“One of the things about IT is that people want to shed it and make believe it’s not their responsibility. There’s a temptation to outsource it and get rid of it and leave it to the experts to take care of. Business people need to be systems literate.” – Jamie Dimon, Chairman, President, & CEO of JPMorgan Chase
HBS teaches us the basics of accounting – not so we can become accountants, but so we can hire, work with, and ask intelligent questions of CFOs. The same is true for the basics we learn in finance, marketing, and operations. However, there is a blind spot when it comes to our ability to work with CIOs and CTOs. Namely, HBS grads are ill-equipped to work with and communicate effectively with IT-oriented members of the C-suite. In a recent survey we found that while 97% of students understand DCFs, only 14% could tell you what a relational database is. As leaders of tomorrow’s companies, why should we care?
Information technology has infiltrated the senior ranks, becoming an integral part of building competitive advantage, securing information, understanding clients, predicting trends, and increasing productivity. As a result, it has become increasingly important that IT decisions be made at senior levels.
You have to look no further than the Healthcare.gov debacle to appreciate the level of senior involvement necessary in IT decisions. Kathleen Sebelius (one of Forbes 100 most powerful women and Time Magazine’s top 5 governors in America) now faces calls for resignation from her Health Secretary post after being insufficiently aware of the problems with the healthcare site.
“I think I would do better at my job if I had more of an engineering background myself. I think having a technical background, not just in the technical industry, but to lead any industry is so important,” said HBS alum Sheryl Sandberg in her Grace Hopper keynote this year.
Our peers and colleagues are also becoming increasingly technical. Intro to Computer Science (CS50) has become the second most popular course at Harvard, with enrollment doubling since 2010 to 759 students this Fall.
How HBS Lost Its Tech Lead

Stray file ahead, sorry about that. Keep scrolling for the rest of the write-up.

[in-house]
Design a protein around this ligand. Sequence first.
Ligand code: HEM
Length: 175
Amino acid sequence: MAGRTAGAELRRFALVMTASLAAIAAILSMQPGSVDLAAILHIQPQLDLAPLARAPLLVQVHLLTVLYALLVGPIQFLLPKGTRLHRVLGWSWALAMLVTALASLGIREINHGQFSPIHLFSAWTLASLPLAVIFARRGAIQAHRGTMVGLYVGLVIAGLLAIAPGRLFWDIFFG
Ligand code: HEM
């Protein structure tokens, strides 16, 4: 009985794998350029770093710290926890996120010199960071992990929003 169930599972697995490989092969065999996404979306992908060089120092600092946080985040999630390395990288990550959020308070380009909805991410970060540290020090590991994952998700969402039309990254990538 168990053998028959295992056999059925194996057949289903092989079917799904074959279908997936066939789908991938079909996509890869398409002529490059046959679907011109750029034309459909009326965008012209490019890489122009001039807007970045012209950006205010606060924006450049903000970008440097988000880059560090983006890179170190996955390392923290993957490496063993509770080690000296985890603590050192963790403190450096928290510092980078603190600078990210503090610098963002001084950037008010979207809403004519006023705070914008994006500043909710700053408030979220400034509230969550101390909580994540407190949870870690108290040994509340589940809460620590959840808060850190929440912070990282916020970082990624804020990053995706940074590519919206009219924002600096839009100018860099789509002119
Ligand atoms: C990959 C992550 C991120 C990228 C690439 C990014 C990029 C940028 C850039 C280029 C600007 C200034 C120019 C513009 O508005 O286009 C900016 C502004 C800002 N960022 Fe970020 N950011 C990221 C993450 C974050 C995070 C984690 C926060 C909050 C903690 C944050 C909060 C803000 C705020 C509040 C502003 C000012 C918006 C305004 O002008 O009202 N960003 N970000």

Today the RC curriculum’s technology cases focus on assembly lines and fundraising valuations. Noticeably absent are technology fundamentals such as the basic how-tos of Internet technology (how many servers does the NFL need to stream a football game live?), cybersecurity (how should a company secure data and interact with the NSA?), and big data (how can Target predict that a customer is pregnant?).
Back in the ’80s, HBS was ahead of the technology curve. In fact, HBS used to have a required first year course “Information, Organization and Control”, which among many things pioneered that students learn to use e-mail. Our business school was also the first in the nation to require that students own a personal computer. At this time, HBS had yet to create official faculty departments, and the IT interests were spearheaded by a small group of professors including Professor Lynda Applegate, Professor Emeritus Warren McFarlan, Professor Emeritus Jim Cash, and Professor Emeritus Jim McKenney. When HBS officially created departments, the debate arose as to whether the IT efforts should continue standalone. Ultimately, they were folded into the Production and Operations Group (POM), which was then rebranded as TOM.
HBS’s roots in POM explain the focus on assembly lines. Administration also argued that IT was fundamental enough that gaps in the material could be integrated into each individual HBS department. Decentralization was a promising idea in theory, but in practice it meant little uptake on technology-focused curricula. Each department is incentivized to hire the best in their respective fields, which means that IT expertise often falls through the cracks. Second, the case method encourages faculty to write and teach cases from their expertise. This means that few IT-focused cases are written to refresh the curriculum. Finally, the demanding tenure requirements and faculty evaluations give little reward to junior faculty for experimenting with alternative instruction (e.g. hosting a j-term class dedicated to IT).